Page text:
Match up to keep an eye on: Sean Miller doesn’t think there’s a “better guard in the country.” Never mind that his own off-guard is an All-American, Miller effused about Xavier Thames. And rightfully so. He’s putting up 27 per tournament game and draws fouls at a nearly 60% rate. Trouble with a capital DEPTH ISSUES FOR ARIZONA. But this is our match up section. That All-American we mentioned? He happens to be really good at guarding big guards no matter their skill set. Ask Jordan Adams, Roberto Nelson, Chasson Randle, Justin Cobbs, or Xavier Thames. Last time around, Thames got his points (note that aforementioned foul line) but he had to work for it; shooting 5-16 and just 3-12 from inside the arc. As noted, Thames is hot and the Aztecs have needed about every one of his buckets. The game hinges on his play.

Norman Powell, Xavier Talton#4 UCLA vs. #1 Florida

Storyline: The Gators have eliminated UCLA in three of their last six NCAA tournaments. That’s interesting by itself but now let’s note that one of those eliminations came in the national title game and another came in the national semifinal (Final Four if you need an assist). Florida won back-to-back titles and UCLA watched Ben Howland lose his team, program, and eventually his job. We could play the Sliding Doors game and note the ‘what ifs’ but that’s just mean (Like I don’t dwindle on Tim Floyd or Kevin O’Neill thoughts as an Arizona fan). This one means something to the UCLA community no matter who struts that sideline.

Style to keep an eye on: All of it. UCLA wants to get shots up, owners of the 15th shortest possessions in the country. Conversely (a key word as we walk through this match up) Florida forces teams to take the 2nd longest possessions in the country. The Bruins do one helluva job stealing the ball and turning that into transition offense. I writed all abouts it. They’ve got the 4th highest steal rate in the country feeding the 39th highest percentage of transition offense. The converse? Florida’s offense has a very mediocre steal rate (ranks 188th) but have the 13th best transition defense. Are you with me here? These two have very opposing styles which makes for one terrific match up. It projects to be a lot like the Pac-12 championship game which was phenomenal. Hooray the March sport!

Match up to keep an eye on: I’m going to list a few because I’m interested in this. First, Kyle Anderson and Will Yeguete. Few people can stop let alone slow, Slo-Mo. He’s too big for traditional guards, too crafty for bigs, and too good for the rest of the floor. Will Yeguete, however, may have the guile (read: size and athleticism) to contain the point-forward-center-wing. Yeguete is Florida’s 6’8″ garbage man. A crazy thought if you consider just how much dirty work a guy has to do in order to be considered the guy that does the dirty work on a Billy Donovan team. He just might be dirty enough to stop Anderson. Conversely (I’m using it again), there’s nothing dirty about Michael Frazier’s jumper. It’s a thing of beauty. He connects on 44% of his threes and Shot Analytics went ahead and reminded us just how good he is (spoiler: quite good). And UCLA’s defense poses the match up here. They allow the fourth highest percentage of shots to come from distance. Me thinks Michael is going to get some looks. Also, I’ve got to mention the transition D (Florida) vs. transition O (UCLA), again. SUCH A GREAT MATCH UP THAT I’M NOT GOING TO GET TO WATCH WITH THE SAME TIP TIME AS AZ-SDSU. Uggggh.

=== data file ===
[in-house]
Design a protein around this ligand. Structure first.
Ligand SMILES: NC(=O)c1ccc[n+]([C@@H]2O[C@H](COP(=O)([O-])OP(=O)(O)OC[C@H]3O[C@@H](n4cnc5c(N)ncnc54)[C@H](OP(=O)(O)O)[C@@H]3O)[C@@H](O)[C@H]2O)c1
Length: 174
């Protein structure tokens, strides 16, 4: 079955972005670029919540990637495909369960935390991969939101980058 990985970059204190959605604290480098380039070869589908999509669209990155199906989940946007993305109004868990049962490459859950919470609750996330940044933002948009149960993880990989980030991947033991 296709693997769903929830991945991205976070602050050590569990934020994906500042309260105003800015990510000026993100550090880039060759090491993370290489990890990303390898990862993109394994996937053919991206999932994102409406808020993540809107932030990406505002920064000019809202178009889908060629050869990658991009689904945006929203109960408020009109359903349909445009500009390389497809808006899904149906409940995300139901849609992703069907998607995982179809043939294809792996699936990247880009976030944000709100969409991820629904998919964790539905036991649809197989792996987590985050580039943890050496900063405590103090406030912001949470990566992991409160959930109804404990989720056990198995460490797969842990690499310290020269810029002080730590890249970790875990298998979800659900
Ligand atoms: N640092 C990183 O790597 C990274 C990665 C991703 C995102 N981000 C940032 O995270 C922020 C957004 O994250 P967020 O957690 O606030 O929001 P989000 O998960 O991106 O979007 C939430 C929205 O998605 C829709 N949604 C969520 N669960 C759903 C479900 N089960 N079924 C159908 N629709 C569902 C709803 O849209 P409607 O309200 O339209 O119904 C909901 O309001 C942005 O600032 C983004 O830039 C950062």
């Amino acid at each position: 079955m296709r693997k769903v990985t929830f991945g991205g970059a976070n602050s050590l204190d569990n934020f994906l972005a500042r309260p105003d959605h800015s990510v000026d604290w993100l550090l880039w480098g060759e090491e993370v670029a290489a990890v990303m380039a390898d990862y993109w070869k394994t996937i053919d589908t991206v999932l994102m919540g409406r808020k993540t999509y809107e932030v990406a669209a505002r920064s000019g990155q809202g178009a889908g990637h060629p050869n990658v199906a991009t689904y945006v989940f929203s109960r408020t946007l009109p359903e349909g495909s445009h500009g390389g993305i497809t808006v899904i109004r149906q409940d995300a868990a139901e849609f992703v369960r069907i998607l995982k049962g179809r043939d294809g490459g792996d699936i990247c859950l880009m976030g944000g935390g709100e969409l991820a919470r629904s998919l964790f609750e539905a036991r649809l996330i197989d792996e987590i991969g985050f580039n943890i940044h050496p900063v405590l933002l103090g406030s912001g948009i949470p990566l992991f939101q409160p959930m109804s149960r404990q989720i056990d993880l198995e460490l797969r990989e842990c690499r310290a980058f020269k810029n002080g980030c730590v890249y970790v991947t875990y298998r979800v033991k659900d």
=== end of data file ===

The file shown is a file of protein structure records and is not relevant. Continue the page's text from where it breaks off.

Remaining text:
Stanford v Connecticut#10 Stanford vs. #11 Dayton

Storyline: Three weeks ago Stanford was dead to rights. They had just lost at home to Colorado on a weekend that probably couldn’t see them lose at home to Colorado. And then, on the season’s final Saturday, I was looking up at the television to see Utah with the ball down a point, with a shade less than a shot clock of time remaining, and presumably a play drawn up to sink Stanford’s dancin’ chances. Evidently the Utes didn’t have a play as they dribbled everywhere and eventually off themselves and Stanford won. And they’ve subsequently beaten Kansas, too. Yup, the Kansas Jayhawks lost to Johnny Dawkins’ Stanford Cardinal. The Card have now claimed two of their four biggest wins since joining the biggest stage. So what’s beating KenPom’s #44 team, Dayton (rated below ASU and Utah)? Let’s just say the Stanford Cardinal – dead to rights, playing for their coach’s job – have a very legitimate shot to be playing for a Final Four against a team (UCLA) they’ve already beaten. Think about that. And why the hell not? Stanford beat Kansas - Kansas – without making a single three pointer! The Jayhawks hadn’t limited an opponent to zero 3-pointers since 11/26/2010 when Ohio went 0-18 and Kansas won 98-41. Reread that score. A week later the Jayhawks did the same thing to North Texas as they went 0-12 and Kansas won 93-60. Stanford went 0-9 from deep and beat Kansas.